Net operating revenues include amounts estimated by management to be reimbursable by Medicare and Medicaid under prospective payment systems and provisions of cost-based reimbursement and other payment methods. In addition, we are reimbursed by non-governmental payors using a variety of payment methodologies. Amounts we receive for the treatment of patients covered by Medicare, Medicaid and non-governmental payors are generally less than the standard billing rates. We account for the differences between the estimated program reimbursement rates and the standard billing rates as contractual allowance adjustments, which we deduct from gross revenues to arrive at net operating revenues. Final settlements under some of these programs are subject to adjustment based on administrative review and audit by third parties. We account for adjustments to previous program reimbursement estimates as contractual allowance adjustments and report them in the periods that such adjustments become known. Contractual allowance adjustments related to final settlements and previous program reimbursement estimates impacted net operating revenues and net loss by an insignificant amount in each of the years ended December 31, 2018, 2017 and 2016.

The payment rates under the Medicare program for hospital inpatient and outpatient acute care services are based on a prospective payment system, depending upon the diagnosis of a patient’s condition. These rates are indexed for inflation annually, although increases have historically been less than actual inflation. On August 2, 2018, CMS issued the final rule to increase this index by 2.9% for hospital inpatient acute care services that are reimbursed under the prospective payment system, beginning October 1, 2018. The final rule provides for a 0.8% multifactor productivity reduction, 0.75% reduction to hospital inpatient rates implemented pursuant to the Affordable Care Act, and a positive 0.5% adjustment in accordance with the Medicare Access and CHIP Reauthorization Act of 2015, or MACRA, which will yield an estimated net 1.85% increase in reimbursement for hospitals. An additional reduction applies to hospitals that do not submit required patient quality data. We are complying with this data submission requirement. Payments may also be affected by admission and medical review criteria for inpatient services commonly known as the “two midnight rule.” Under the rule, for admissions on or after October 1, 2013, services to Medicare beneficiaries are only payable as inpatient hospital services when there is a reasonable expectation that the hospital care is medically necessary and will be required across two midnights, absent unusual circumstances. Stays expected to need less than two midnights of hospital care are subject to medical review on a case-by-case basis. Reductions in the rate of increase or overall reductions in Medicare reimbursement may cause a decline in the growth of our net operating revenues.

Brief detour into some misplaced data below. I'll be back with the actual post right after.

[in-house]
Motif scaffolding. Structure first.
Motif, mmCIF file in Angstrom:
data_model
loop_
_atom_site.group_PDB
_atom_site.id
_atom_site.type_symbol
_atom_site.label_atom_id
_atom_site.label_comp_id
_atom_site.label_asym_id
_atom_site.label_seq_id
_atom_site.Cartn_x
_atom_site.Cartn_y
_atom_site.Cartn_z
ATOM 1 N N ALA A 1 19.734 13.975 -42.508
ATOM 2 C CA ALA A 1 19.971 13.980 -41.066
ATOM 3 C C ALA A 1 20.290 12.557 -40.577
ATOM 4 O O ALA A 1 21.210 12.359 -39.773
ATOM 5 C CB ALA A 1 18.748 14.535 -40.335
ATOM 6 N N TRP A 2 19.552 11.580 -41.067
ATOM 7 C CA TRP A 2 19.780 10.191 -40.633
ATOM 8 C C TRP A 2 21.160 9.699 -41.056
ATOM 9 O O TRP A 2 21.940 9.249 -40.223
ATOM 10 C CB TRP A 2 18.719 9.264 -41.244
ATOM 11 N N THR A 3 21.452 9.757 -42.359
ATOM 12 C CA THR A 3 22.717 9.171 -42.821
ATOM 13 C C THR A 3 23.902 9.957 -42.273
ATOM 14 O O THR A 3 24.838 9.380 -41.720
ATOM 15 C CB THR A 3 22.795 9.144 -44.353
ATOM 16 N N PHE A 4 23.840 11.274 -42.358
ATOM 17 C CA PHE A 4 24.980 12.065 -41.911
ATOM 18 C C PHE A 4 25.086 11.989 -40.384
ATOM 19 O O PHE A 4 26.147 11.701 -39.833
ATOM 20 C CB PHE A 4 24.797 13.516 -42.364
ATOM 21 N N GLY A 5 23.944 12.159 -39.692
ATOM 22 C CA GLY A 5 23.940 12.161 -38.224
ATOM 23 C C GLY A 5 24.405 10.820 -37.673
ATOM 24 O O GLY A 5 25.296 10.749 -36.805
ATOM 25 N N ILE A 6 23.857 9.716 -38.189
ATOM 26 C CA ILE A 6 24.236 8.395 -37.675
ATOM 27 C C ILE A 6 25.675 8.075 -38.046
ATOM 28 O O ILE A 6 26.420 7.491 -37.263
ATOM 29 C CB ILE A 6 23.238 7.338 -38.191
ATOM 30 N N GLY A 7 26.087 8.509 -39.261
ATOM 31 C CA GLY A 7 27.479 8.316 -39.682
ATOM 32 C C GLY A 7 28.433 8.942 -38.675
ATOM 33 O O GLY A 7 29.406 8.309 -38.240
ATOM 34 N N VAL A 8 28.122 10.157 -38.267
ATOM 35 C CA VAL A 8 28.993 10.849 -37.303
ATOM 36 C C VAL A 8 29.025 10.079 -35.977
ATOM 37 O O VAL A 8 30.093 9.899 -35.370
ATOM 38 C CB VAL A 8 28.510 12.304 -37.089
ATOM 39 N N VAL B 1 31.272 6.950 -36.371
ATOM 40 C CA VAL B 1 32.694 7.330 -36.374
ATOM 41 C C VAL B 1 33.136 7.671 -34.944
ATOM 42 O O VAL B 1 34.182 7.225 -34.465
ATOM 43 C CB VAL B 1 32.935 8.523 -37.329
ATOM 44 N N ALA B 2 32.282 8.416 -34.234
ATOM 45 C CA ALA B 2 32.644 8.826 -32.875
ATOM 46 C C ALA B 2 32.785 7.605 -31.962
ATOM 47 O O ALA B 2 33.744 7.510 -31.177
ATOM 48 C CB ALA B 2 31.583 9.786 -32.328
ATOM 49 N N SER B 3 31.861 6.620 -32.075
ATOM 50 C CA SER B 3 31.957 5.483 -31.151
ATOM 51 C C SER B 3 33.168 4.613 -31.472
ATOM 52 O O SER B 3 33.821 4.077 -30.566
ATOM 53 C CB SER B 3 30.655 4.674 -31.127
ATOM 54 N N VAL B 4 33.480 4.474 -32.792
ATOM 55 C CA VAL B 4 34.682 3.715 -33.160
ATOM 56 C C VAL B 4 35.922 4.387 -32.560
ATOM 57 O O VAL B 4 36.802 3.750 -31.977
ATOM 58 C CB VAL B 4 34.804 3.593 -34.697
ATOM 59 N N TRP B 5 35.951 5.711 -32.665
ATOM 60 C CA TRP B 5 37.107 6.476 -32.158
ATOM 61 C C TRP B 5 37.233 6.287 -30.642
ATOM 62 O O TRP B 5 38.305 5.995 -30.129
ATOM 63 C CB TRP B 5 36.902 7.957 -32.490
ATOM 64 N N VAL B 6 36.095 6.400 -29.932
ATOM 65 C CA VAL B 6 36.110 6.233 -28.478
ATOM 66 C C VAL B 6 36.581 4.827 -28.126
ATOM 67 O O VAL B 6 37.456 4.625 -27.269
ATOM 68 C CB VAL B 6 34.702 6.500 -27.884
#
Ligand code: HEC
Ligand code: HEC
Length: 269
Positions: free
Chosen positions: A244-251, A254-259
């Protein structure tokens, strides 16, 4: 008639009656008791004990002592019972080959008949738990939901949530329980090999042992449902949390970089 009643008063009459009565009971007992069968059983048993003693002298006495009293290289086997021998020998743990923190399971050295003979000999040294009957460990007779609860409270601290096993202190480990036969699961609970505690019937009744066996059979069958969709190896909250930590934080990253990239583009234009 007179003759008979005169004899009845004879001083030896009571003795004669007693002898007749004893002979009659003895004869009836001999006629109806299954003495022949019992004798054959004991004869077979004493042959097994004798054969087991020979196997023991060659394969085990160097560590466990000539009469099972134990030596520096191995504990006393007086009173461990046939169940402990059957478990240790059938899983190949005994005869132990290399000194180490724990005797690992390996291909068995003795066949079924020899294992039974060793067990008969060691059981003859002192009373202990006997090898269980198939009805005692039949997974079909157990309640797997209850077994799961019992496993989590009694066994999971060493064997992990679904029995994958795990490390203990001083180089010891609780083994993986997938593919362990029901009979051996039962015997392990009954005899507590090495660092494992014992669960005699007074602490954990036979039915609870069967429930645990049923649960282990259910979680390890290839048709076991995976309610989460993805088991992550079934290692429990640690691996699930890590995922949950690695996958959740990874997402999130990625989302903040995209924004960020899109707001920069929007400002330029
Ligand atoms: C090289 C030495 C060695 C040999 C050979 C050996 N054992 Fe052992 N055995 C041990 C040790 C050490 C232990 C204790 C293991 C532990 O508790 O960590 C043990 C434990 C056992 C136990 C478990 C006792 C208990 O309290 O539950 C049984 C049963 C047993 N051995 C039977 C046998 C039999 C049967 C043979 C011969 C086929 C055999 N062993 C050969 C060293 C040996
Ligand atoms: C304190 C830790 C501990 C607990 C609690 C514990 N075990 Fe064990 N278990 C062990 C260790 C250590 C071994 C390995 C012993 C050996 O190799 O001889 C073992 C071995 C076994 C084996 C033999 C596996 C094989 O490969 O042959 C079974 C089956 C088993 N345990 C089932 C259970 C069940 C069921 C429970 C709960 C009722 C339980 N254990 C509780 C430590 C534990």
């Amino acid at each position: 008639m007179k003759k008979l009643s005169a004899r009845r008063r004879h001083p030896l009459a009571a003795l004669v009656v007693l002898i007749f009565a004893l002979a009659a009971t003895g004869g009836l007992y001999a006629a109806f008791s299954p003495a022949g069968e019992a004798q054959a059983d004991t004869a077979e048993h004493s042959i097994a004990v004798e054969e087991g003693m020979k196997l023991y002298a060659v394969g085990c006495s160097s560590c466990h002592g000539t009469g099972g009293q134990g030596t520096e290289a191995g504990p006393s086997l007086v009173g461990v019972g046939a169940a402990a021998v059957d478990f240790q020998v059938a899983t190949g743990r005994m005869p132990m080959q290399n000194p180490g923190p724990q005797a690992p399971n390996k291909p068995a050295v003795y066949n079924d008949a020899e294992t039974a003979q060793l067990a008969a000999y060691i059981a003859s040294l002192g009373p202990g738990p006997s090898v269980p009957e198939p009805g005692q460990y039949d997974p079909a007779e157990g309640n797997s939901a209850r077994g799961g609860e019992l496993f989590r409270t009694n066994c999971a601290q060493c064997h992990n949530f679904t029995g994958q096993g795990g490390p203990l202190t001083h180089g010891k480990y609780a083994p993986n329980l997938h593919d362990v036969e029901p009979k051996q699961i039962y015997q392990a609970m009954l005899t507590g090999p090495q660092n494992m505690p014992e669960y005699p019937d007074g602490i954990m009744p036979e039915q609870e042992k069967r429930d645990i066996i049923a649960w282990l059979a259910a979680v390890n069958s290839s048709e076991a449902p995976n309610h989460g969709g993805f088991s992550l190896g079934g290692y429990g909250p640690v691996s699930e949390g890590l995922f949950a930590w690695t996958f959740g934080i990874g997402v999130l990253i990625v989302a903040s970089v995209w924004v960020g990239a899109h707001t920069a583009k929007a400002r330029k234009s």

Currently, several states utilize supplemental reimbursement programs for the purpose of providing reimbursement to providers to offset a portion of the cost of providing care to Medicaid and indigent patients. These programs are designed with input from CMS and are funded with a combination of state and federal resources, including, in certain instances, fees or taxes levied on the providers. Similar programs are also being

 

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considered by other states. The programs are generally authorized for a specified period of time and require CMS’s approval to be extended. CMS has indicated that it will take into account a state’s status with respect to expanding its Medicaid program in considering whether to extend these supplemental programs. We are unable to predict whether or on what terms CMS will extend the supplemental programs in the states in which we operate. As a result of existing supplemental programs, we recognize revenue and related expenses in the period in which the fixed and determinable amounts are estimable and collection is reasonably assured. Reimbursement under these programs is reflected in net operating revenues and included as Medicaid revenue in the table above, and fees, taxes or other program related costs are reflected in other operating expenses.